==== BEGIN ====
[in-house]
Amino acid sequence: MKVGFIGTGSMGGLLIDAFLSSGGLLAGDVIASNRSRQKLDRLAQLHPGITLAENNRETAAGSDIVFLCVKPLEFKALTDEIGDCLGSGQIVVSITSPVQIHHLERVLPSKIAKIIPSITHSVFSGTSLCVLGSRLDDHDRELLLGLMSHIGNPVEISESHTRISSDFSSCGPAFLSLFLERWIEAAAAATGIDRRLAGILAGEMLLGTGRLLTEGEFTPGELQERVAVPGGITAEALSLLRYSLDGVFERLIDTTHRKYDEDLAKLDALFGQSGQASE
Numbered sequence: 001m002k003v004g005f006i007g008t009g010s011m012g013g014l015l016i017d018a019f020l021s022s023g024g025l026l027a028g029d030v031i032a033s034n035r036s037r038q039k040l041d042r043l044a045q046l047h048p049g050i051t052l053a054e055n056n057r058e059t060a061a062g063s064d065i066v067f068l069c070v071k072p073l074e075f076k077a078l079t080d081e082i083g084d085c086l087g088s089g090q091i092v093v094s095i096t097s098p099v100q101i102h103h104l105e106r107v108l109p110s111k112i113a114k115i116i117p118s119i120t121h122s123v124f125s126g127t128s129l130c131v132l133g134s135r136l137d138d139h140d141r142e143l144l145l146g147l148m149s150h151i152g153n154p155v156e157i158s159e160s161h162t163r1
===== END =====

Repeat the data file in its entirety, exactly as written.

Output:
[in-house]
Amino acid sequence: MKVGFIGTGSMGGLLIDAFLSSGGLLAGDVIASNRSRQKLDRLAQLHPGITLAENNRETAAGSDIVFLCVKPLEFKALTDEIGDCLGSGQIVVSITSPVQIHHLERVLPSKIAKIIPSITHSVFSGTSLCVLGSRLDDHDRELLLGLMSHIGNPVEISESHTRISSDFSSCGPAFLSLFLERWIEAAAAATGIDRRLAGILAGEMLLGTGRLLTEGEFTPGELQERVAVPGGITAEALSLLRYSLDGVFERLIDTTHRKYDEDLAKLDALFGQSGQASE
Numbered sequence: 001m002k003v004g005f006i007g008t009g010s011m012g013g014l015l016i017d018a019f020l021s022s023g024g025l026l027a028g029d030v031i032a033s034n035r036s037r038q039k040l041d042r043l044a045q046l047h048p049g050i051t052l053a054e055n056n057r058e059t060a061a062g063s064d065i066v067f068l069c070v071k072p073l074e075f076k077a078l079t080d081e082i083g084d085c086l087g088s089g090q091i092v093v094s095i096t097s098p099v100q101i102h103h104l105e106r107v108l109p110s111k112i113a114k115i116i117p118s119i120t121h122s123v124f125s126g127t128s129l130c131v132l133g134s135r136l137d138d139h140d141r142e143l144l145l146g147l148m149s150h151i152g153n154p155v156e157i158s159e160s161h162t163r1